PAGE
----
David Vetter Isolation Suit
The inspirational story of "Bubble Boy" has lasting impact
by Jenny Cobb, Associate Curator of Exhibitions
David Vetter (1971–1984) became one of the Texas Medical Center’s most famous patients. He was born with Severe Combined Immunodeficiency (SCID), an inherited condition in which a patient lacks the white blood cells that fight infection. David, nicknamed “Bubble Boy” by the media, lived nearly his entire 12-year life inside a series of germ-free plastic bubbles waiting for a cure for his fatal immune disease.
David’s sterile protective bubbles at the hospital and at his parents’ home were made larger as he grew. In 1974, doctors at Houston's Texas Children's Hospital considered how they might help David experience life beyond the stationary isolator bubbles that protected him from germs. The doctors turned to engineers at NASA for help. Three years and many prototypes later, NASA created a custom-made Mobile Biological Isolation System, an enclosed spacesuit based on the garments worn by astronauts while quarantined after a spaceflight. The $50,000 suit came with a 54-page user's manual and allowed six-year-old David to walk outside his plastic bubble for the first time. David wore the suit on only six occasions before he outgrew it. Though a replacement was made, David never adapted to wearing an isolation suit and refused to wear one again.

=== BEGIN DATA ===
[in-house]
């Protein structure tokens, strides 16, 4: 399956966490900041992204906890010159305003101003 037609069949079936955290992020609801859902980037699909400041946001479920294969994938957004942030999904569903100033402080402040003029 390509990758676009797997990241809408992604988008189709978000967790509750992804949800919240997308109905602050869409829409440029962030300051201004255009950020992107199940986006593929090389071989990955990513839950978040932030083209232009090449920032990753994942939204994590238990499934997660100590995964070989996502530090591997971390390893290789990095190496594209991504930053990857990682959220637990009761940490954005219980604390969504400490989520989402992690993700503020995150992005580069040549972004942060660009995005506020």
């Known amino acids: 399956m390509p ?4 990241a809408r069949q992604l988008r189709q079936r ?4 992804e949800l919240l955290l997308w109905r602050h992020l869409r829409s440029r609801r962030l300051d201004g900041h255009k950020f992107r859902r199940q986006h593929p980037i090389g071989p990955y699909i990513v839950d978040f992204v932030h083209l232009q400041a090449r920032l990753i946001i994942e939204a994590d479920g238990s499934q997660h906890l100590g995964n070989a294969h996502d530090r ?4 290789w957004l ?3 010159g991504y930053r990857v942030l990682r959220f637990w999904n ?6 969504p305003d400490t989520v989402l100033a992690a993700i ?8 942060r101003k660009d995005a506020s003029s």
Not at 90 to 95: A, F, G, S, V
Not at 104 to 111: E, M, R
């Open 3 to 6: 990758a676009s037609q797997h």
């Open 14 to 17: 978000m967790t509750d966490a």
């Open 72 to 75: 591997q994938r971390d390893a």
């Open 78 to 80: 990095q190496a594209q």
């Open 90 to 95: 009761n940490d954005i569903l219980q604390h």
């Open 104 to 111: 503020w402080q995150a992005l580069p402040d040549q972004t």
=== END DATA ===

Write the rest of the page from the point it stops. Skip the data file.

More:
In 1983, doctors discovered a promising new technique to treat SCID. A donor who did not have to be a perfect match would contribute bone marrow, which would be used to strengthen David’s white blood cells and repair his immune system. Though the surgery seemed to work initially, David fell ill in January 1984. To receive treatment, he was removed from the bubble for the first time in his life on February 7. He died 15 days later of a form of lymph cancer caused by an undetected virus in the transplanted bone marrow.
Shortly after his death, the Texas Children's Allergy and Immunology Clinic in Houston opened the David Center dedicated to research, diagnosis, and treatment of immune deficiencies. Today, thanks to medical advances made possible by studies of David’s disease, children with SCID often live healthy lives.
Courtesy U.S. Space and Rocket Center, Huntsville, Alabama
Clothing and Accessories
Time Period: 1971 - Present
This artifact is currently on view.